A variety of traditions exists within the Orthodox Church. In Russia, for instance, some saints are called “martyrs,” others are called “venerable ones,” and others are called “holy hierarchs,” while in the Greek Church they are all simply called “saints.” We normally call those who suffered for Christ “martyrs” or “passion-bearers,” while the Greeks, following ancient tradition, call them “witnesses,” because they believe that one who has endured such martyrdom, thereby showing extraordinary and superhuman courage, is a witness to the truth of the Orthodox confession of faith and of the Orthodox Church.  For how else but by one’s life can one prove one’s case? If we were to embark on studies, arguments, and debates, and come out victorious, surpassing all others by our intelligence, yet all the while showing cowardice in our actions, then we would have shown that we ourselves are not in fact convinced, or that we hold only common human convictions that, for reasons of fear or trouble, can be forgone out of a sense of self-preservation. It is for this reason that martyrs are called witnesses: by their own lives and struggles they demonstrate more convincingly than any apologist or theologian the truth of Christianity.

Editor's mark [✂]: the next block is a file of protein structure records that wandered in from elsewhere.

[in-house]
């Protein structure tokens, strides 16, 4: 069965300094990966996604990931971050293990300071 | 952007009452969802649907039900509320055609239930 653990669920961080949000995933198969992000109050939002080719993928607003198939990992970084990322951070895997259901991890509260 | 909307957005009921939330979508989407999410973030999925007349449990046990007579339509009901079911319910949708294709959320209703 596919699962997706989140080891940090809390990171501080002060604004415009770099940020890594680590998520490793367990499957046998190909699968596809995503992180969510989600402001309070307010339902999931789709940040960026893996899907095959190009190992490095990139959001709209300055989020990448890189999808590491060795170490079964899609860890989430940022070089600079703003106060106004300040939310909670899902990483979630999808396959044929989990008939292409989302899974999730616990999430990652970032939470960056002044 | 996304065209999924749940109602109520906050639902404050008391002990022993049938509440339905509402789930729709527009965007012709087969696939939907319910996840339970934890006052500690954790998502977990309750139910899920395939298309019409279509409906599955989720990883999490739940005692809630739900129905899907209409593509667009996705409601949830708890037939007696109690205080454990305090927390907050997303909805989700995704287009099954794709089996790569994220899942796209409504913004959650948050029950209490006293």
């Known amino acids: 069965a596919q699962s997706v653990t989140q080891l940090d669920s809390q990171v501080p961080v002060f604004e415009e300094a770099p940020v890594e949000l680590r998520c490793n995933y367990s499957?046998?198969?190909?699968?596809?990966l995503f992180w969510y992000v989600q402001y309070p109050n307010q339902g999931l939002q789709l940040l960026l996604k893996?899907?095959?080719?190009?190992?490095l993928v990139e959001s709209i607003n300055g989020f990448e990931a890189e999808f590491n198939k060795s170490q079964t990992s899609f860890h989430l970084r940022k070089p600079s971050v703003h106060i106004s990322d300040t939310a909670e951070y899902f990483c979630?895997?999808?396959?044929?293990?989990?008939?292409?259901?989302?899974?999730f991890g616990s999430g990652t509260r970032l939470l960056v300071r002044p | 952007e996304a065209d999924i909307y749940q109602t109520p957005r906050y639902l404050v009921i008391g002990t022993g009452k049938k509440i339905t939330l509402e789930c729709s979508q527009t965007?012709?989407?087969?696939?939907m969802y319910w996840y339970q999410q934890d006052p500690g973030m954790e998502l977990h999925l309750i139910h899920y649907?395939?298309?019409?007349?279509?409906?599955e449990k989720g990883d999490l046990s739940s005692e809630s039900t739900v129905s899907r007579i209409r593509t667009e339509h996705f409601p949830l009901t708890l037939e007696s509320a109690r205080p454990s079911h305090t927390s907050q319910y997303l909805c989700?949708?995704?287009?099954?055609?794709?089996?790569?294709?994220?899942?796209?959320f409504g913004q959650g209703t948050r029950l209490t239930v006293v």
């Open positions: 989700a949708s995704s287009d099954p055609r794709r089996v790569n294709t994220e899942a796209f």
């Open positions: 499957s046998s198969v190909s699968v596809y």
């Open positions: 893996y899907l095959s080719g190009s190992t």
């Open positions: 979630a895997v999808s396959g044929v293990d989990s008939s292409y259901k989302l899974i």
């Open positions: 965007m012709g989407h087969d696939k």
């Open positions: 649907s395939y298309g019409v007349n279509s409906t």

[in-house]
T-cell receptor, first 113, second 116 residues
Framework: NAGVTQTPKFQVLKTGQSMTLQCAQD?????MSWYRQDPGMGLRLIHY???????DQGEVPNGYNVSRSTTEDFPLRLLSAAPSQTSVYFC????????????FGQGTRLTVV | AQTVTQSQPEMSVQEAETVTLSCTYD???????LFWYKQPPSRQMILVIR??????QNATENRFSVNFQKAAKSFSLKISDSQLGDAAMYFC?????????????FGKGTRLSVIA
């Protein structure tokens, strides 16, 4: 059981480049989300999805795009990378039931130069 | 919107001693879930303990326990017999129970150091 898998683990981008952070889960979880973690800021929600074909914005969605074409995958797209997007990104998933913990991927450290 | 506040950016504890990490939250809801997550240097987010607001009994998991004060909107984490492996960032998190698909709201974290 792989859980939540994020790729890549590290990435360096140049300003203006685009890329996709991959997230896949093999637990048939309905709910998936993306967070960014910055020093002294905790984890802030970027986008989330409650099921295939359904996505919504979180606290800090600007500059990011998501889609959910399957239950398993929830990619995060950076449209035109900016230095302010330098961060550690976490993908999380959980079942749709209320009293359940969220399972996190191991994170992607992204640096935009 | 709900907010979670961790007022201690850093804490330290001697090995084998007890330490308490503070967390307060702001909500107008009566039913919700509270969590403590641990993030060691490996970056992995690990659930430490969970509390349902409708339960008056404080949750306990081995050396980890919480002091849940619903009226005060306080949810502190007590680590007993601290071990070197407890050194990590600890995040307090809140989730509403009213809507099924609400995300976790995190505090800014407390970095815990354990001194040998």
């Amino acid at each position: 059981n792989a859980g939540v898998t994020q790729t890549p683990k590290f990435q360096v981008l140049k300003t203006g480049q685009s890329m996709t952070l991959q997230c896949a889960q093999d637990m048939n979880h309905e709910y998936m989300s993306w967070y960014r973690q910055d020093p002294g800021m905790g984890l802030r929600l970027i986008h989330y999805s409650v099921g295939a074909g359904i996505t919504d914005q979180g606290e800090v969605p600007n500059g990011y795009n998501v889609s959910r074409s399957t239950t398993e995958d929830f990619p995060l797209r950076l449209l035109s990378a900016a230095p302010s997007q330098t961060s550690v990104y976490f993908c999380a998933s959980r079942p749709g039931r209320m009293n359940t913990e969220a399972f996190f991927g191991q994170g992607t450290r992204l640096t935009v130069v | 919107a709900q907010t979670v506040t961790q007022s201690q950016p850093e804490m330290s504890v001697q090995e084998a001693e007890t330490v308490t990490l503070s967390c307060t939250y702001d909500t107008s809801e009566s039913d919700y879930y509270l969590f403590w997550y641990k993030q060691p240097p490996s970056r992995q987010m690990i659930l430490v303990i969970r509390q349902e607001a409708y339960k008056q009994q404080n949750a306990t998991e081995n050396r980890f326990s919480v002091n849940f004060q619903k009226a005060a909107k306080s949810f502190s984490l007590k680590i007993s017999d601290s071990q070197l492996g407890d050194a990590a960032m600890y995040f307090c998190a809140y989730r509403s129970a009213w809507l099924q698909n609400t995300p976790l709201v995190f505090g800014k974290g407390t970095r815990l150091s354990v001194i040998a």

What helped them in accomplishing this? What did they have that we lack? History itself offers us an explanation, especially the history of the suffering of the Forty Martyrs of Sebastia. We see that after they had shown their longsuffering, a supernatural Divine light suddenly appeared, shining upon them and even warming the air. But the main thing is not the warming of the air and water that the martyrs were in, but that God’s grace, this Divine light, penetrated their souls and hearts and, as it were, began to shine forth from within them, thereby rendering them capable of bravery beyond nature. God’s grace gave them the strength to endure that which exceeds the capabilities of not only the ordinary person, but even of an especially strong spirit and, as we have just said, of a person of strong will. It is namely God’s grace that makes us capable of performing that which is beyond nature. It helps us to endure all the afflictions that our enemy, the devil, has in store for us to turn us away from the true path. Sometimes these afflictions are indeed terrible, as for instance those that befell the Martyrs of Sebastia or the New Martyrs and Confessors of Russia, who suffered in recent years. But sometimes the devil uses small afflictions and troubles, not requiring of us an explicit renunciation of Christ, but nonetheless imperceptibly compelling us to behave in an un-Christian manner. But we, underestimating the importance of these seemingly minor occurrences, sin much and often – and in fact, as deplorable and terrible as this may sound, we are apostates.